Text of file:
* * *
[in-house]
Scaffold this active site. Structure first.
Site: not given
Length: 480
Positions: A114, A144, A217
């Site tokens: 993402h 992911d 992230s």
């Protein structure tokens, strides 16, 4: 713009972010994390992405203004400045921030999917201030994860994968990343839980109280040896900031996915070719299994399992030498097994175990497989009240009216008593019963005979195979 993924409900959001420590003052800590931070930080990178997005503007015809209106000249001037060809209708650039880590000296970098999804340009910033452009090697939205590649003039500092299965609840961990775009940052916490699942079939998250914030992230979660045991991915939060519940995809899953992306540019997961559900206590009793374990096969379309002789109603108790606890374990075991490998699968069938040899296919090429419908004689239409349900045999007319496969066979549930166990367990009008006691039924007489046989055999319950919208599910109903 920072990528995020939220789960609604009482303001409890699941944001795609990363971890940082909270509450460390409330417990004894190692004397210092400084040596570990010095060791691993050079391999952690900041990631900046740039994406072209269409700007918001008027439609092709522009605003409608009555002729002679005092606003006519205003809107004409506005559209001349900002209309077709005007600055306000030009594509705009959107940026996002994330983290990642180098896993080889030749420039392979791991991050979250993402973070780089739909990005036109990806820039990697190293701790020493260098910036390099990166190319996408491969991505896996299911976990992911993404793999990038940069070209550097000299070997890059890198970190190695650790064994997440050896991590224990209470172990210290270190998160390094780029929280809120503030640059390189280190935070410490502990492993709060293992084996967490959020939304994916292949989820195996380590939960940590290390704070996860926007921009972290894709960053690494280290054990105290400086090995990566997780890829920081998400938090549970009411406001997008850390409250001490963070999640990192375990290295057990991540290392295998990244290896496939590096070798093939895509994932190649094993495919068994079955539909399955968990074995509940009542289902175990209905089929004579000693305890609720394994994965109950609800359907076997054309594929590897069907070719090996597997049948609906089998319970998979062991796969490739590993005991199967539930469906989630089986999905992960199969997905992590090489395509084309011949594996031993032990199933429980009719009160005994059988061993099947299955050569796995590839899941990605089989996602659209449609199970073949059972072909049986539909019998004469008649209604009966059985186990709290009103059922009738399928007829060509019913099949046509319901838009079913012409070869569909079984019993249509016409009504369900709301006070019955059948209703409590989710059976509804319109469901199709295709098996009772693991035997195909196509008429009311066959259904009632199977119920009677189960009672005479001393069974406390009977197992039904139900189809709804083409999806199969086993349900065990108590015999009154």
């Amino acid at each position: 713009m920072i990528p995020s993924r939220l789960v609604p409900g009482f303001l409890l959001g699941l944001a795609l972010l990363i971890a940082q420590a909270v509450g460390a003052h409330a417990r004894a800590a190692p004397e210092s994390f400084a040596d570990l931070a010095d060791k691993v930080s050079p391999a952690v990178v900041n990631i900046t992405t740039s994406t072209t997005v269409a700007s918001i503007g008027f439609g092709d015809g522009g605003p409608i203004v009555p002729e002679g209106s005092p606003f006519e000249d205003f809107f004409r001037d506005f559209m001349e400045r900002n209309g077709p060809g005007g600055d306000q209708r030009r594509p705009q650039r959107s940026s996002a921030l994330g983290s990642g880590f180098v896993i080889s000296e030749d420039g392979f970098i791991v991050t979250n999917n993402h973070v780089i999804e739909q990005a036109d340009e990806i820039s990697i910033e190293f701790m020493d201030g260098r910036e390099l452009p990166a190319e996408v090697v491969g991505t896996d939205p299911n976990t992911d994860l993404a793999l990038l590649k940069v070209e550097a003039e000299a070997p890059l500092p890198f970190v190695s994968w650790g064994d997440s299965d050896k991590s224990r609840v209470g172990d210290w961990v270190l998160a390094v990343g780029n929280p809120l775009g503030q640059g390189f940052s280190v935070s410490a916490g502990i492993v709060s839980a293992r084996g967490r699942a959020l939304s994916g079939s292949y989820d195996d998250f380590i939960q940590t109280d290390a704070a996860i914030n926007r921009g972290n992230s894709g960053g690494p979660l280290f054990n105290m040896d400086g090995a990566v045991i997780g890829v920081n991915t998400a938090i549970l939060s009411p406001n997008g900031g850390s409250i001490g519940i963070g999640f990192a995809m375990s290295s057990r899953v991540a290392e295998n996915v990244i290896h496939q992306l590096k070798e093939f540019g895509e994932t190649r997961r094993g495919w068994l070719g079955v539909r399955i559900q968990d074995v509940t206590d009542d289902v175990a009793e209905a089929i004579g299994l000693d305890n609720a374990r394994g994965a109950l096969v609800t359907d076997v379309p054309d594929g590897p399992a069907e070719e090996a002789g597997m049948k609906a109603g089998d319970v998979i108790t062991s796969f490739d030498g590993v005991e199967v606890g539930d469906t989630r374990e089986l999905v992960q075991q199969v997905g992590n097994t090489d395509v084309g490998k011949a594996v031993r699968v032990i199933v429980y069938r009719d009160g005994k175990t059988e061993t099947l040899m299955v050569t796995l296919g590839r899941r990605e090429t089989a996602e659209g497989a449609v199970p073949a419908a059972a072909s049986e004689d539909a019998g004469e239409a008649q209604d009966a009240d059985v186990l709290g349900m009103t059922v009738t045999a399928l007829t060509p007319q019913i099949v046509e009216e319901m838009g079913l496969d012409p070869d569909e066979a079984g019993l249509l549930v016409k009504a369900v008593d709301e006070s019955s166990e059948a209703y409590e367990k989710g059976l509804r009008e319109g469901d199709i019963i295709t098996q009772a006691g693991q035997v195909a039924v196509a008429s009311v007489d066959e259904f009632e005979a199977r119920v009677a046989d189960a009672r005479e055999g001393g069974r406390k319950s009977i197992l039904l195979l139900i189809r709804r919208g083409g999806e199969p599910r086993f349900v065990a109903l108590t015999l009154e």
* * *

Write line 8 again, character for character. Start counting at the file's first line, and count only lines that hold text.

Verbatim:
């Amino acid at each position: 713009m920072i990528p995020s993924r939220l789960v609604p409900g009482f303001l409890l959001g699941l944001a795609l972010l990363i971890a940082q420590a909270v509450g460390a003052h409330a417990r004894a800590a190692p004397e210092s994390f400084a040596d570990l931070a010095d060791k691993v930080s050079p391999a952690v990178v900041n990631i900046t992405t740039s994406t072209t997005v269409a700007s918001i503007g008027f439609g092709d015809g522009g605003p409608i203004v009555p002729e002679g209106s005092p606003f006519e000249d205003f809107f004409r001037d506005f559209m001349e400045r900002n209309g077709p060809g005007g600055d306000q209708r030009r594509p705009q650039r959107s940026s996002a921030l994330g983290s990642g880590f180098v896993i080889s000296e030749d420039g392979f970098i791991v991050t979250n999917n993402h973070v780089i999804e739909q990005a036109d340009e990806i820039s990697i910033e190293f701790m020493d201030g260098r910036e390099l452009p990166a190319e996408v090697v491969g991505t896996d939205p299911n976990t992911d994860l993404a793999l990038l590649k940069v070209e550097a003039e000299a070997p890059l500092p890198f970190v190695s994968w650790g064994d997440s299965d050896k991590s224990r609840v209470g172990d210290w961990v270190l998160a390094v990343g780029n929280p809120l775009g503030q640059g390189f940052s280190v935070s410490a916490g502990i492993v709060s839980a293992r084996g967490r699942a959020l939304s994916g079939s292949y989820d195996d998250f380590i939960q940590t109280d290390a704070a996860i914030n926007r921009g972290n992230s894709g960053g690494p979660l280290f054990n105290m040896d400086g090995a990566v045991i997780g890829v920081n991915t998400a938090i549970l939060s009411p406001n997008g900031g850390s409250i001490g519940i963070g999640f990192a995809m375990s290295s057990r899953v991540a290392e295998n996915v990244i290896h496939q992306l590096k070798e093939f540019g895509e994932t190649r997961r094993g495919w068994l070719g079955v539909r399955i559900q968990d074995v509940t206590d009542d289902v175990a009793e209905a089929i004579g299994l000693d305890n609720a374990r394994g994965a109950l096969v609800t359907d076997v379309p054309d594929g590897p399992a069907e070719e090996a002789g597997m049948k609906a109603g089998d319970v998979i108790t062991s796969f490739d030498g590993v005991e199967v606890g539930d469906t989630r374990e089986l999905v992960q075991q199969v997905g992590n097994t090489d395509v084309g490998k011949a594996v031993r699968v032990i199933v429980y069938r009719d009160g005994k175990t059988e061993t099947l040899m299955v050569t796995l296919g590839r899941r990605e090429t089989a996602e659209g497989a449609v199970p073949a419908a059972a072909s049986e004689d539909a019998g004469e239409a008649q209604d009966a009240d059985v186990l709290g349900m009103t059922v009738t045999a399928l007829t060509p007319q019913i099949v046509e009216e319901m838009g079913l496969d012409p070869d569909e066979a079984g019993l249509l549930v016409k009504a369900v008593d709301e006070s019955s166990e059948a209703y409590e367990k989710g059976l509804r009008e319109g469901d199709i019963i295709t098996q009772a006691g693991q035997v195909a039924v196509a008429s009311v007489d066959e259904f009632e005979a199977r119920v009677a046989d189960a009672r005479e055999g001393g069974r406390k319950s009977i197992l039904l195979l139900i189809r709804r919208g083409g999806e199969p599910r086993f349900v065990a109903l108590t015999l009154e």